January 28, 2009 / 8:36 PM / in 10 years

Canadian government safe, but election talk not far off

OTTAWA (Reuters) - Although Canada’s minority Conservative government looks to have avoided defeat over its budget, Prime Minister Stephen Harper will not be able to relax for too long before talk of an election starts to heat up again.

Michael Ignatieff, the new and assertive leader of the opposition Liberals, outlined a series of conditions on Wednesday for backing the budget, ensuring the document was likely to be adopted by Parliament.

The decision keeps the Conservatives in power for the time being, but whether the spirit of co-operation can last long is open to question. All three opposition parties say they cannot trust Harper and complain he has poisoned the political atmosphere in Parliament.

“The gap between promise and performance in this government has been so large that you could drive an 18-wheeler through it,” senior Liberal legislator David McGuinty told reporters minutes after Ignatieff had spoken. “Mr Harper has to understand that he’s on probation right now.”

The Liberals’ confident tone is remarkable, given that in last October’s election, under previous leader Stephane Dion, the party put in one of its worst ever performances.

One of the many reasons for the poor showing was the fact that the Liberals — short of money, dispirited and keen to avoid a new election while trailing in the polls — often backed the Conservatives on key confidence votes, giving an impression of weakness.

Although Ignatieff has much less time for compromise, he, like Dion before him, is again backing the government. The leaders of both other opposition parties mocked his decision and predicted Ignatieff would continue to find reasons to support Harper.

“I think, realistically, the next window for an election is probably the fall,” said pollster Nik Nanos of Nanos Research.

Harper said last week he wanted to work with the opposition for a couple of years to deal with the effects of the global economic crisis but insiders think an election could well come before then.

“I don’t see why they’d try to bring us down until the next budget (likely in March 2010). I think we’ll be all right until then,” one well-placed Conservative told Reuters.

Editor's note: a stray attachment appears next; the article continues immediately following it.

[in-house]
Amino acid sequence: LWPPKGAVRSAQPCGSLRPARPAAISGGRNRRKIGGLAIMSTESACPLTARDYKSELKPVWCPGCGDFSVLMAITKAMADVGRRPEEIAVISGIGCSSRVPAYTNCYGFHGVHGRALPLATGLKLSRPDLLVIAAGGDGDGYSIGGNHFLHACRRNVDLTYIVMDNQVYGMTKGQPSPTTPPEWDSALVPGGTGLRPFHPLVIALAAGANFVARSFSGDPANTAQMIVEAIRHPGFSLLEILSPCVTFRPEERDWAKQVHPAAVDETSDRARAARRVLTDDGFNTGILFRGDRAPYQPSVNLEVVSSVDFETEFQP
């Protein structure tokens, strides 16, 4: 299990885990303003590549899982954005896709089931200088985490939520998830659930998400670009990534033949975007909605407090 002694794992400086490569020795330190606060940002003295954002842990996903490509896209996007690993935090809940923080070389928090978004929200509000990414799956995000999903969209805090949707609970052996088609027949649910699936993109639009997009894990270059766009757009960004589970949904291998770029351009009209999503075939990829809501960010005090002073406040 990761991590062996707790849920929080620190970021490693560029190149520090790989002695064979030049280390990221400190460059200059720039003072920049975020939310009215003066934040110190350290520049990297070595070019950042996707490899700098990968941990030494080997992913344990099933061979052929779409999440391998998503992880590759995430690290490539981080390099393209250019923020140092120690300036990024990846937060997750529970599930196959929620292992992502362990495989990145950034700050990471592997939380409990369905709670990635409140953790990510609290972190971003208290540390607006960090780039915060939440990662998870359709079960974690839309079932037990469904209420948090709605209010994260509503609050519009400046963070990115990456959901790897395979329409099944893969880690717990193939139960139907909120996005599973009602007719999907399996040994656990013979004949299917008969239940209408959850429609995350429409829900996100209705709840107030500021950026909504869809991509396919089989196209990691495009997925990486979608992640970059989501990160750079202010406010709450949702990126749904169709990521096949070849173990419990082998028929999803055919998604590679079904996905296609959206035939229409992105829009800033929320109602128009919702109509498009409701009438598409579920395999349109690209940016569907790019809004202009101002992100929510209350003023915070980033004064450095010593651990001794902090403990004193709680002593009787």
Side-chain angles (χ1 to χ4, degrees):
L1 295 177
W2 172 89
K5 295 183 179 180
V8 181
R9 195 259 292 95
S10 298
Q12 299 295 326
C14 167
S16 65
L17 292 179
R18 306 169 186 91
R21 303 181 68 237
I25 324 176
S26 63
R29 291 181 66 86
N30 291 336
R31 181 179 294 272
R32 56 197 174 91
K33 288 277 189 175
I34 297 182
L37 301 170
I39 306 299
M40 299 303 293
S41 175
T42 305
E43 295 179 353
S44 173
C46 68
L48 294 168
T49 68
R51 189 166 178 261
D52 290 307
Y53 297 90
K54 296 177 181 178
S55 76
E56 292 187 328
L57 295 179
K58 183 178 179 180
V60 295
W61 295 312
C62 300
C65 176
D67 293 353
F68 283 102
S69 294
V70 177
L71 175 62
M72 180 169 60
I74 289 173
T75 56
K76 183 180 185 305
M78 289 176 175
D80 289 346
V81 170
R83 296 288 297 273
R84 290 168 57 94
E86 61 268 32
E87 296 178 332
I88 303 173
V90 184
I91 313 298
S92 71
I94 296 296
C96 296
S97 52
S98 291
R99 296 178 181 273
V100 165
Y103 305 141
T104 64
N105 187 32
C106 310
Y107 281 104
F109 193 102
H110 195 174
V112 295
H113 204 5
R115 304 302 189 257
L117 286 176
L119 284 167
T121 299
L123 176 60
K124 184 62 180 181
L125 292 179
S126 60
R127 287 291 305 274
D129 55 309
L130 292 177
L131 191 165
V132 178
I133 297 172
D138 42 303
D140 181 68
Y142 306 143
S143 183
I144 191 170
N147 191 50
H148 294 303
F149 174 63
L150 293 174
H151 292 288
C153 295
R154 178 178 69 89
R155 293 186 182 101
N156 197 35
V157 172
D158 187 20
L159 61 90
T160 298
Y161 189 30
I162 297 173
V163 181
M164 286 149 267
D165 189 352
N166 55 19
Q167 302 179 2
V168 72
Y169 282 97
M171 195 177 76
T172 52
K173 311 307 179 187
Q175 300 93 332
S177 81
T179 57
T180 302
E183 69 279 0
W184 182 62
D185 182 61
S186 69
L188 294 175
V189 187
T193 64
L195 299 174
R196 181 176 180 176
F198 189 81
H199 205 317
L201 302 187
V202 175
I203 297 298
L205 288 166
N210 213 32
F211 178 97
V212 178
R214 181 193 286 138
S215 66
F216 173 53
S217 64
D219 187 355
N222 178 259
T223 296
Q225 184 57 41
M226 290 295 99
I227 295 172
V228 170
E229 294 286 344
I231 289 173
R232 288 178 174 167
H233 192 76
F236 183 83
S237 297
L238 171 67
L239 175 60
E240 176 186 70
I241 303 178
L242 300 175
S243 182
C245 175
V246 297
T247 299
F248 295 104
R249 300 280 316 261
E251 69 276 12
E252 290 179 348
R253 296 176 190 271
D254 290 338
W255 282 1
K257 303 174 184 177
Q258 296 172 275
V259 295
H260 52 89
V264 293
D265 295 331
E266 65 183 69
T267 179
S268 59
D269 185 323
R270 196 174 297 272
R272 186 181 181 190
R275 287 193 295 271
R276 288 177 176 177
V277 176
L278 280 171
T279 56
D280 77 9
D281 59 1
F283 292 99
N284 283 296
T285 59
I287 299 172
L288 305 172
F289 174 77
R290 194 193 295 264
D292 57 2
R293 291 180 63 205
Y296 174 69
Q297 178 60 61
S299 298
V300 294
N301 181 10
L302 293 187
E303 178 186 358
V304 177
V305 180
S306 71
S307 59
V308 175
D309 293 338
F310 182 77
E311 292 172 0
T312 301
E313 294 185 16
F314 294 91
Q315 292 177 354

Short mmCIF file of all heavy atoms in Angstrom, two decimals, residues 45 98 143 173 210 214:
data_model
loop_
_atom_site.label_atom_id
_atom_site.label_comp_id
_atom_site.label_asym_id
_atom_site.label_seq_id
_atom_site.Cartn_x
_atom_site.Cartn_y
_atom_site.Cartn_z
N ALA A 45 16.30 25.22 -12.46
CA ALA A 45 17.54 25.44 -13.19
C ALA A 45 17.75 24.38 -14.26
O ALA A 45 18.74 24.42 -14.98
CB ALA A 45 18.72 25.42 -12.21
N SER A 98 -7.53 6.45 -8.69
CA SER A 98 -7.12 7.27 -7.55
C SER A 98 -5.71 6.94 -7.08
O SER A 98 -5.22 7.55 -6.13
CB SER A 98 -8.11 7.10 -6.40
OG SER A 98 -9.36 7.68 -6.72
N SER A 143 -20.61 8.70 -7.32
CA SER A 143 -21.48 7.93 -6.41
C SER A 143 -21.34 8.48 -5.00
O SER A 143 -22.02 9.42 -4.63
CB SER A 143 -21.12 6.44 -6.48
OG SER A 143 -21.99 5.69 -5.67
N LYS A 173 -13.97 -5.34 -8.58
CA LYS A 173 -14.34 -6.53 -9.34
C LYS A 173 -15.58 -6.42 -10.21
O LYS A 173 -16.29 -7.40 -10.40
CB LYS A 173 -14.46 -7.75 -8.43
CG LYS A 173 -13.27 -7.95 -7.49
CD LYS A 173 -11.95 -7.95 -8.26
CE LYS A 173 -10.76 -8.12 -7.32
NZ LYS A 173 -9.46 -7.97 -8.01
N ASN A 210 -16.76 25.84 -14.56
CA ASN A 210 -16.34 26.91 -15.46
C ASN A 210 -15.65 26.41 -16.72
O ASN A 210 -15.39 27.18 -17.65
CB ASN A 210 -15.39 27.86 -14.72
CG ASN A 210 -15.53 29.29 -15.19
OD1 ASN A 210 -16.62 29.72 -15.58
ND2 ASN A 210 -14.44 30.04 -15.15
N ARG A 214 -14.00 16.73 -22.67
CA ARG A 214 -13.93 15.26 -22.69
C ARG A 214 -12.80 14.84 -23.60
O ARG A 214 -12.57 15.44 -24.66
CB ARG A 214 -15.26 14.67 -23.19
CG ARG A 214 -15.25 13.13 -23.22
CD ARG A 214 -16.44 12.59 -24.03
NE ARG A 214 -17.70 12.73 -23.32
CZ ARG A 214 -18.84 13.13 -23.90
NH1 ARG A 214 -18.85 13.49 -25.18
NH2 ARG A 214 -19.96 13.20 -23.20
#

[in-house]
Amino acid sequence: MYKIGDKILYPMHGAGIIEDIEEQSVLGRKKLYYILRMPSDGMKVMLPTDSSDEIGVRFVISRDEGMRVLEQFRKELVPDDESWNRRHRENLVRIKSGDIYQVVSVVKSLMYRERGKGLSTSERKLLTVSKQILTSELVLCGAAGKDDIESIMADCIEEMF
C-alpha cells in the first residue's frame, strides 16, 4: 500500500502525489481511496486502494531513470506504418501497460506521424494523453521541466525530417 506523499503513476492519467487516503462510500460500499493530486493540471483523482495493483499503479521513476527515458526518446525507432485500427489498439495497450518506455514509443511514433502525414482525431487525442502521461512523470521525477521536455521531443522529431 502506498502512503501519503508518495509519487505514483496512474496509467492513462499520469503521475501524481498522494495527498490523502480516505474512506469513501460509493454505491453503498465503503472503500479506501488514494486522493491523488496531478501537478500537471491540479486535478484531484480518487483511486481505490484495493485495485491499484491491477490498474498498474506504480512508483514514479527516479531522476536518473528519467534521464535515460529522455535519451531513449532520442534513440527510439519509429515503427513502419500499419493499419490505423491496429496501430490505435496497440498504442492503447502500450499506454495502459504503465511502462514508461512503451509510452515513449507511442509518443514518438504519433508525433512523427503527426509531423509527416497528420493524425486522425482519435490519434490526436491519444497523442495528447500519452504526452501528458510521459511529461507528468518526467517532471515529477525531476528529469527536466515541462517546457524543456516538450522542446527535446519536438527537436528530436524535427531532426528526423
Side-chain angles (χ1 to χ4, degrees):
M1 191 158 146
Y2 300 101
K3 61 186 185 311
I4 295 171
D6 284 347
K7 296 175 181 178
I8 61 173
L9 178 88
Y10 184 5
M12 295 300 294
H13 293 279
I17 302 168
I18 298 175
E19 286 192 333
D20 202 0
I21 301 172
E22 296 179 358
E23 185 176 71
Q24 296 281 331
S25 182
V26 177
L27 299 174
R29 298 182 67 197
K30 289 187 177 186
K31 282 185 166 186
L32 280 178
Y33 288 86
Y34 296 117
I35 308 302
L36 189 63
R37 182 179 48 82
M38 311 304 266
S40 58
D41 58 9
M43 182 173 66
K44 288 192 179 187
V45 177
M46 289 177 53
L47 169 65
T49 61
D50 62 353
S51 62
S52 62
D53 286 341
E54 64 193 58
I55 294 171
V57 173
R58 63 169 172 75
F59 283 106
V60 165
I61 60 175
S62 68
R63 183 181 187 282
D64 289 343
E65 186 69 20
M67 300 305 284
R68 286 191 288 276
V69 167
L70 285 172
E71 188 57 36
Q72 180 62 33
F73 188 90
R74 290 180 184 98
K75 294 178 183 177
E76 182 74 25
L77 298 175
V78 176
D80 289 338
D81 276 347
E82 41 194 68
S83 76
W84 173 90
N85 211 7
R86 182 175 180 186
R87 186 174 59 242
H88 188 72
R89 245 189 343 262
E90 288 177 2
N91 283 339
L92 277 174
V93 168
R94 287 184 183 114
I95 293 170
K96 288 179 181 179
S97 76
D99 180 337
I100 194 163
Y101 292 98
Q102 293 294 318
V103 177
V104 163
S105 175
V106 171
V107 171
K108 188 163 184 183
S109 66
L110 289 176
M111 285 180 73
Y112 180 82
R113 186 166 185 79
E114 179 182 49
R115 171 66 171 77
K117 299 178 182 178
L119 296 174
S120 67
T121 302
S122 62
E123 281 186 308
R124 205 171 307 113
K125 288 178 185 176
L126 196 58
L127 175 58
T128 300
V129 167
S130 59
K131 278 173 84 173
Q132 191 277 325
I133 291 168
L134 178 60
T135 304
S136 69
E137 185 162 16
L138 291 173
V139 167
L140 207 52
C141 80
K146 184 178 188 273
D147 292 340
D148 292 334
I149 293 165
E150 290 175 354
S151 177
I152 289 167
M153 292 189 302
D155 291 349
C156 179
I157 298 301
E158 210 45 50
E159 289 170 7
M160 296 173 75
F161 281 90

A federal vote next spring would be the third in just over four years.


The Conservatives won the January 2006 election with a minority of seats in the House of Commons, then strengthened that minority in the October 14 vote last year.

But they quickly came under attack for a fiscal update that critics slammed for not addressing the economic downturn and for a series of political plans that a furious opposition said were purely partisan.

The three opposition parties agreed on Dec 1 to form a coalition and would have defeated the government had Harper not managed to have Parliament temporarily suspended in December.

However, the coalition idea proved unpopular with the public because it would have relied on support from the separatist Bloc Quebecois. Ignatieff, who replaced Dion on December 10, made it clear on Wednesday that the coalition idea was dormant, thereby distancing himself from a vote-losing proposition.

Polls show the Liberals still trailing the Conservatives. Ideally, Ignatieff would now take the time needed to rebuild his party, but he knows he cannot afford to let Harper remain unchallenged for too long.

“They (the Conservatives) have to govern for a long enough time to appear legitimate in the eyes of the public. Ignatieff has a tricky calculation to make in addition to all those organizational and financial (hurdles),” said Paul Thomas, a professor of politics at the University of Manitoba.

“If he waits too long, then Harper begins to look like a prime minister again and not the political operator who avoided an accident of his own making,” he told Reuters, saying he thought Harper could last another year before an election.

Ignatieff’s ideal scenario would be to let Harper tackle a rapidly souring economy and take the blame for any bad news that follows. Then, with Liberal fortunes revived, he could move to bring down the government.

“If I were designing a political strategy ... I’d say I don’t think it’s a bad time to have the Conservatives closely associated with a very, very tough recession,” said former Liberal Deputy Prime Minister John Manley.

“From Mr. Ignatieff’s point of view, there may be some advantages in leaving the government to govern for a period of time,” he told the Canadian Broadcasting Corp.

Nanos said the Conservatives could be relying on Ignatieff’s relative inexperience to trip him up in the months to come.

“Why would they provoke an election now? There’s no time for Michael Ignatieff to make a mistake. They want him sitting in the chair for at least a little while to see if they can set a trap,” he said.

Reporting by David Ljunggren; editing by Rob Wilson

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